ReadyBoost and ReadyDrive


G

Guest

By using a ReadyBoost USB Key, will it use it to speed up boot up time like
with a ReadyDrive? Or is the Ready Drive feature exclusive to hybrid hard
drives? I'm thinking about geting a new Vista computer, but might wait for
hybrid hard drives to become more avaliable before if ReadyBoost won't help
with boot up times. Thanks.
 
Ad

Advertisements

R

Richard G. Harper

ReadyBoost is a caching techonogy, ReadyDrive is a hybrid hard drive with
both fast silicon memory and slower disk memory. Apples and oranges.
 
V

Victek

NicholasJohn16 said:
By using a ReadyBoost USB Key, will it use it to speed up boot up time
like
with a ReadyDrive? Or is the Ready Drive feature exclusive to hybrid hard
drives? I'm thinking about geting a new Vista computer, but might wait
for
hybrid hard drives to become more avaliable before if ReadyBoost won't
help
with boot up times. Thanks.

This is a good question. ReadyBoost caches the contents of the page file,
and I believe the cache is saved from session to session. Since data is
paged during the boot process ReadyBoost may indeed speed it up. Anyone
want to jump in here?
 
Ad

Advertisements

D

Donald McDaniel

Victek said:
This is a good question. ReadyBoost caches the contents of the page file,
and I believe the cache is saved from session to session. Since data is
paged during the boot process ReadyBoost may indeed speed it up. Anyone
want to jump in here?


What ReadyBoost does is cache copies of the most used programs and data in a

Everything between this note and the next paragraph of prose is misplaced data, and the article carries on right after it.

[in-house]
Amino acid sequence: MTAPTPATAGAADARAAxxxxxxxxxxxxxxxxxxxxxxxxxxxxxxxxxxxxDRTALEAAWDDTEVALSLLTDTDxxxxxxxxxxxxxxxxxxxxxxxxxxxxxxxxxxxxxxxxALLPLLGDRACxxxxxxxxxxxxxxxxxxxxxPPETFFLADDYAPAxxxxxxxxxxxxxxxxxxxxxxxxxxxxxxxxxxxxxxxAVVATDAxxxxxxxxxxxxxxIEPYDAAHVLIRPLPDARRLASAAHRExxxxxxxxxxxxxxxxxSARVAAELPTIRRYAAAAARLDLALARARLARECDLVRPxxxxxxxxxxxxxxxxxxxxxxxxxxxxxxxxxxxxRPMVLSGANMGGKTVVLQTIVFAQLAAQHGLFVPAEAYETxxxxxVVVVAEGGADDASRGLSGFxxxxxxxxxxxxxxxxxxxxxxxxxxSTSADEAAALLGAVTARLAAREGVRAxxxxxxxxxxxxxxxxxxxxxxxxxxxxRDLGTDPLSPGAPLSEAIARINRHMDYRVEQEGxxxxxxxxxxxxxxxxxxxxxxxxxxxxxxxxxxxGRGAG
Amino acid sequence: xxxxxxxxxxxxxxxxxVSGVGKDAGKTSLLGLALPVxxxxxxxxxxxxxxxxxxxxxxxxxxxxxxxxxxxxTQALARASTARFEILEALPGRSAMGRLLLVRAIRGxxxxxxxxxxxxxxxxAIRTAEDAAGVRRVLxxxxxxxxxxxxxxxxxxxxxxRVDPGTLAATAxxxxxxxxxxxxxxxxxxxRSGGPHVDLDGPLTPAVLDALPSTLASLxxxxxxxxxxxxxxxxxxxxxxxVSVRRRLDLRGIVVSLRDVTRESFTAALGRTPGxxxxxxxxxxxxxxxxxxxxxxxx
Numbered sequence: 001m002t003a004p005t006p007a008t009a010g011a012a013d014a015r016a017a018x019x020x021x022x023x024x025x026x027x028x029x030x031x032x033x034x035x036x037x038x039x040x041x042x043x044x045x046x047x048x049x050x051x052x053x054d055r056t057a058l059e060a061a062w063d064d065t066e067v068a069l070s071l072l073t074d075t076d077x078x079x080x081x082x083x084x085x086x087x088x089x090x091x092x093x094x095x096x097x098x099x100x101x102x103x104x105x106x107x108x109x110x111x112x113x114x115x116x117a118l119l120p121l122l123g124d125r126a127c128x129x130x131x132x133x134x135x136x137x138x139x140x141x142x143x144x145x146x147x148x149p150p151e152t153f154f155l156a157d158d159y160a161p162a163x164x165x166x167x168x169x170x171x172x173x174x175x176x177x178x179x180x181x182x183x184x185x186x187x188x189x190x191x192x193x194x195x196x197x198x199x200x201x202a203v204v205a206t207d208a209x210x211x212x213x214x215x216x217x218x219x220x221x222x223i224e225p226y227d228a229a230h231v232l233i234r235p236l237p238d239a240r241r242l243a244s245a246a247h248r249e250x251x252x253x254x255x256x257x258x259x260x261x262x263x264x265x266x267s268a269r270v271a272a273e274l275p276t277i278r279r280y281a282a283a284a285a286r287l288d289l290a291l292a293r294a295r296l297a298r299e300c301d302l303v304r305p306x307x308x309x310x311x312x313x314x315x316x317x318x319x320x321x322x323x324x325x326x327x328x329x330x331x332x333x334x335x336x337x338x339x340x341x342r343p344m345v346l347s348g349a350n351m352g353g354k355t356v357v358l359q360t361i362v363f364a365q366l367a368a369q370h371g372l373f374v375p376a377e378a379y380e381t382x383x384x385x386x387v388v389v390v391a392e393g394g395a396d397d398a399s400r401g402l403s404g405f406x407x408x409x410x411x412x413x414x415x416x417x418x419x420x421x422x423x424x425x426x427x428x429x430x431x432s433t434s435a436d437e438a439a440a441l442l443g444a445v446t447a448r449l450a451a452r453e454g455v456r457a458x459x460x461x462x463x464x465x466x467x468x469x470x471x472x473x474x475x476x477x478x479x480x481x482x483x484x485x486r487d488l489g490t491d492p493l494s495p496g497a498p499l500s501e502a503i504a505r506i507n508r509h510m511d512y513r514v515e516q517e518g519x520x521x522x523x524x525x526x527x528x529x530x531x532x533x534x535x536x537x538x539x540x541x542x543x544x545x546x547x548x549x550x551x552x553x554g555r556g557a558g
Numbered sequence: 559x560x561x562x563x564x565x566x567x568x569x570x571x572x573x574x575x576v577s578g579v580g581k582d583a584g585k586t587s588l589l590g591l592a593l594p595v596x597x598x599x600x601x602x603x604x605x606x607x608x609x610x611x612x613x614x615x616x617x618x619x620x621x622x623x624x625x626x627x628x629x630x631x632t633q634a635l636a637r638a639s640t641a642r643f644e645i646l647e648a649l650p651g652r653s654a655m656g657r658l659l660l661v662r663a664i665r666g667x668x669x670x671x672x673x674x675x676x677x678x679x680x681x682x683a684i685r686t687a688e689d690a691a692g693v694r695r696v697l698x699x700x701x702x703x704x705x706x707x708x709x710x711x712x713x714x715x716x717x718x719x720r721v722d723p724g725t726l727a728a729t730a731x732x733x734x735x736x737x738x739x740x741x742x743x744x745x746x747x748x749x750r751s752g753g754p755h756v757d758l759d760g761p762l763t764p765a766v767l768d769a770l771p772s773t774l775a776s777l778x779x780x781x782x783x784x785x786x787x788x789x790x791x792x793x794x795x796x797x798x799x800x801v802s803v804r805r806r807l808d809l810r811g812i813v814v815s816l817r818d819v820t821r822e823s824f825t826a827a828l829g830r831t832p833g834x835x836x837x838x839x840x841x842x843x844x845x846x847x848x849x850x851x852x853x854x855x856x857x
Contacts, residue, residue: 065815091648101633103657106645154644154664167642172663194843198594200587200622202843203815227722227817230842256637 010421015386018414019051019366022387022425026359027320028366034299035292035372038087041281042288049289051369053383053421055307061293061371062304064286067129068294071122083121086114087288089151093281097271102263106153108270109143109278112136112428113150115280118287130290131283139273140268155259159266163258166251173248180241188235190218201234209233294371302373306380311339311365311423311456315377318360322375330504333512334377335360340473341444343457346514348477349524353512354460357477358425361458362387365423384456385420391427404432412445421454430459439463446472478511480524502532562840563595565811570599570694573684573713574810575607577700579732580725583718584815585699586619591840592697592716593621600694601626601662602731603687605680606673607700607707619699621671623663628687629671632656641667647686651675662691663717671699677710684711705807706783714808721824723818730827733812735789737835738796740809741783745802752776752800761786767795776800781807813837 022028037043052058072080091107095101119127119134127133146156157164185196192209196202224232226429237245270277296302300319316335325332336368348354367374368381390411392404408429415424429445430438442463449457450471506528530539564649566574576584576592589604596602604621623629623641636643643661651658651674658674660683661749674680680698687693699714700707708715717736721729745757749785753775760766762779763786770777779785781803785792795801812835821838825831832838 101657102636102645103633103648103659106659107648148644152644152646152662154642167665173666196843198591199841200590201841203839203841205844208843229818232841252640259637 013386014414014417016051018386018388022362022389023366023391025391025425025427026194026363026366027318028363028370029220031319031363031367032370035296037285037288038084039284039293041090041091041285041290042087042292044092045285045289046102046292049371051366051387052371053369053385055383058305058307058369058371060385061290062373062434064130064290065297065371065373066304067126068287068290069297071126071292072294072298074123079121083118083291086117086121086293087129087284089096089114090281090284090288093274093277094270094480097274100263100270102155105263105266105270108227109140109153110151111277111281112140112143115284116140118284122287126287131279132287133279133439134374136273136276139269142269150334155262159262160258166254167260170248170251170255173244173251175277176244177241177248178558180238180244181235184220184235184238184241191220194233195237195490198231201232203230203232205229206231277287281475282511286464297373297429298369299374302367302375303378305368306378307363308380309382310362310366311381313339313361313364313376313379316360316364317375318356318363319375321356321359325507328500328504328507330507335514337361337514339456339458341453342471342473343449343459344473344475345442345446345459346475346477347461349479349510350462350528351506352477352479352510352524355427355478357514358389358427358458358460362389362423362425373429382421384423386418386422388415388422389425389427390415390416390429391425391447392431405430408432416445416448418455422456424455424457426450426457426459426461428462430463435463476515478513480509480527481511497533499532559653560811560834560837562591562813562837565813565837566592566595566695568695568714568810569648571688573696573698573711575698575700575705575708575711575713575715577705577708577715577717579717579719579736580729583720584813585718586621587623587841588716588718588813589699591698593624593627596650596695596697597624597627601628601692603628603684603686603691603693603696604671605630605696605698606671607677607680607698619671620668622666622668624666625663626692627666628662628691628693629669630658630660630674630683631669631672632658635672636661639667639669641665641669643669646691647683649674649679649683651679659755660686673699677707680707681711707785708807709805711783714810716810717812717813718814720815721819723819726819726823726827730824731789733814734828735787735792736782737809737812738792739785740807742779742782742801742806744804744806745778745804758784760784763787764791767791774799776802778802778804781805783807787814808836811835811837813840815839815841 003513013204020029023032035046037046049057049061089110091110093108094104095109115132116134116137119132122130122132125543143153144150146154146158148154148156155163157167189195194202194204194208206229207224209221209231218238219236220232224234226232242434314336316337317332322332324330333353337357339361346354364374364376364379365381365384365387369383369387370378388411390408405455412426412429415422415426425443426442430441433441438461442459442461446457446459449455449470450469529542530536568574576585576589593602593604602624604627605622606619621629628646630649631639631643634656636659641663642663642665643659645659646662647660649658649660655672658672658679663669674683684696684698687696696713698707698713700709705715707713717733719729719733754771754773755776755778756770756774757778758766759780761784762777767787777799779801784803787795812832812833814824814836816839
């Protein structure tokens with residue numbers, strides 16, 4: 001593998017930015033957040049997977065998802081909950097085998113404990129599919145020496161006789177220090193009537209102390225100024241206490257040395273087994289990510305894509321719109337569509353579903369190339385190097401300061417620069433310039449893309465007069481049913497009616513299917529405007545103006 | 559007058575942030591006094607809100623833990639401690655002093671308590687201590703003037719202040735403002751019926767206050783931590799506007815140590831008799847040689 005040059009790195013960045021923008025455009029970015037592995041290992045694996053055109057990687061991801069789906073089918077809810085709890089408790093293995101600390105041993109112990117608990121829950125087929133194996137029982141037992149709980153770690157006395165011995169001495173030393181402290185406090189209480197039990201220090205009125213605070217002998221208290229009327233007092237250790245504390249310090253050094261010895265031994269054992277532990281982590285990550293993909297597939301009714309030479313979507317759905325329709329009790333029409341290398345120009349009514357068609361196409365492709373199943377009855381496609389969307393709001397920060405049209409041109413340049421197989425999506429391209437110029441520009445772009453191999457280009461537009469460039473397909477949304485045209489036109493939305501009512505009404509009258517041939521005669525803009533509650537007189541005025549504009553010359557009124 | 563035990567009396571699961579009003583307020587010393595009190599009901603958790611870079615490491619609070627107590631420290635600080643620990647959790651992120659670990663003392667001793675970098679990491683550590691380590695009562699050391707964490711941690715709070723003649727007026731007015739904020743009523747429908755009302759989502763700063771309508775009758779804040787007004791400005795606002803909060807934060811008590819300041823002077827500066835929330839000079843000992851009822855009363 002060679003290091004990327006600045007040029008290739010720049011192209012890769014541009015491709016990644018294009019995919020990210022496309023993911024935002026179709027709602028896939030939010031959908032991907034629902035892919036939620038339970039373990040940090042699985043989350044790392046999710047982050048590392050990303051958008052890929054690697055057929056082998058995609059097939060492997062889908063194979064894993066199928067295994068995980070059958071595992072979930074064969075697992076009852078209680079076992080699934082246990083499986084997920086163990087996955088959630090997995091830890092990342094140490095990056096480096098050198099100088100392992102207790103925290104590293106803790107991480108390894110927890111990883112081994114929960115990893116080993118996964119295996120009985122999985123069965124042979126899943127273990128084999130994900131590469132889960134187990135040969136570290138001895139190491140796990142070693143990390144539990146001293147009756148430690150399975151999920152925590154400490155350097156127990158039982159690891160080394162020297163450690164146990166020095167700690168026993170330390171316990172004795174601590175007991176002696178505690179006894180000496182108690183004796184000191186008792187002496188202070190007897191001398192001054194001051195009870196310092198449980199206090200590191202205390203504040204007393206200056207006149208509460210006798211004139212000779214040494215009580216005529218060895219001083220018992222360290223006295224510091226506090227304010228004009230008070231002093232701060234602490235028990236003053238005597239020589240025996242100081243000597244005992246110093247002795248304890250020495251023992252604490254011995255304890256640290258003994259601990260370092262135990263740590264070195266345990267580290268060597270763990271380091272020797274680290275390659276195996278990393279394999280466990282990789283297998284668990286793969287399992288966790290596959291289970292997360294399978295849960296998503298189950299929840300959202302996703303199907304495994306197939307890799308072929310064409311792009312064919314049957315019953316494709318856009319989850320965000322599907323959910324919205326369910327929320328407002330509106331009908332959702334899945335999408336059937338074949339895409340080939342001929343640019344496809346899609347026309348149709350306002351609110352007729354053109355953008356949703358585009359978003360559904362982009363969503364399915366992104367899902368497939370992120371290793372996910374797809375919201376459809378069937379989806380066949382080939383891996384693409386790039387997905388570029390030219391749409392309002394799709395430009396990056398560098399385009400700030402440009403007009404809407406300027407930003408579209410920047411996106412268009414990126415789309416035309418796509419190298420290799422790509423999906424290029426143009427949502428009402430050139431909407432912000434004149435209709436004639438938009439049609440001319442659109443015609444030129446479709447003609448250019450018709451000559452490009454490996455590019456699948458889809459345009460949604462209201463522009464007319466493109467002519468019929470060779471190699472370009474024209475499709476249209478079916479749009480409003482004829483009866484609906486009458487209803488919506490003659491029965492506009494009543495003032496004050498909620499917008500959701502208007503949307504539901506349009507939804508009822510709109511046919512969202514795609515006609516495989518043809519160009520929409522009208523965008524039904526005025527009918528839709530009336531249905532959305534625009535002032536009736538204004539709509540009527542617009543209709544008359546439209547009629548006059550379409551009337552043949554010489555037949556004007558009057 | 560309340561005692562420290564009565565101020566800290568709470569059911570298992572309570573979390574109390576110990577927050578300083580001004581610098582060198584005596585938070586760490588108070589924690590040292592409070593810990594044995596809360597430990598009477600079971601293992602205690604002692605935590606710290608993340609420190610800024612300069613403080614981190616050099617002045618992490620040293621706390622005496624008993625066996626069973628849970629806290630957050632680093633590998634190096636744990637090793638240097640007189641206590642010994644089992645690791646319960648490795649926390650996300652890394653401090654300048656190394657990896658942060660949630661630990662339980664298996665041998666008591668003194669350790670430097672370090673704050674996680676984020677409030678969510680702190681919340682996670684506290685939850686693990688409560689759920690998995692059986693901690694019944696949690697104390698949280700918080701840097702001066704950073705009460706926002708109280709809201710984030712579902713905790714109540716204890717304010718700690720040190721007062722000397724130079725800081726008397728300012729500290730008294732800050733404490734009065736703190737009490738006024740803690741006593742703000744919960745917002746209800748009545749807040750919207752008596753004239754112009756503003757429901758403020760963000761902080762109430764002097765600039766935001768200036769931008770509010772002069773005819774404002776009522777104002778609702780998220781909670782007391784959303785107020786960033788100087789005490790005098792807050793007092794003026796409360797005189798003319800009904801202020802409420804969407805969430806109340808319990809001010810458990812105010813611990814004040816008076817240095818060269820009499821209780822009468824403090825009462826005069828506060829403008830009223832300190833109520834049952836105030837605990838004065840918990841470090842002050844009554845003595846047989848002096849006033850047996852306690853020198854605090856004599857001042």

file on the ReadyBoost-capable thumb drive, so that they start faster, since
they don't have to be loaded from magnetic media (the Hard drive), which is
slower.

Basically, this means that the ReadyBoost drives act like a super-prefetch
cache.

Using my SanDisk Cruzer (4GB), I must admit that Vista starts quicker, and
programs seem to be snappier than without one. In addition, normally, I
find that my HD is always grinding, but it seldom grinds with the Cruzer in.

By the way, if your HD is ALWAYS grinding, it is because of your Indexing
settings, or because your Index is not up-to-date. I turned Indexing off,
and the grinding definitely slowed down. I really don't need to find a file
in 5 milliseconds rather than 40 or 50. In fact, I really can't tell the
difference with Indexing turned off. Of course, if you're always in a
hurry, maybe it would be better to endure the disk grinding (caused by Vista
keeping the Index up-to-date) rather than the extra few seconds needed for
Windows Search to find files with it turned off.

In addition, with Indexing turned on, and many files not indexed yet, it
will definitely slow the machine down, even to the point of making all
operations very sluggish (even with 2GB of system RAM). However, once the
Index has done a complete inventory of your files, Search operations become
very fast, much like unnamed competitors' search operations.

So Indexing has its good points and its bad points.

Using a fast thumbdrive is a very helpful thing under Vista. I highly
recommend it. But cheap, slow thumbdrives will not work with Vista. They
do make excellent replacements for floppies, however, and really make
transferring files from room-to-room much easier and faster.
 

Ask a Question

Want to reply to this thread or ask your own question?

You'll need to choose a username for the site, which only take a couple of moments. After that, you can post your question and our members will help you out.

Ask a Question

Top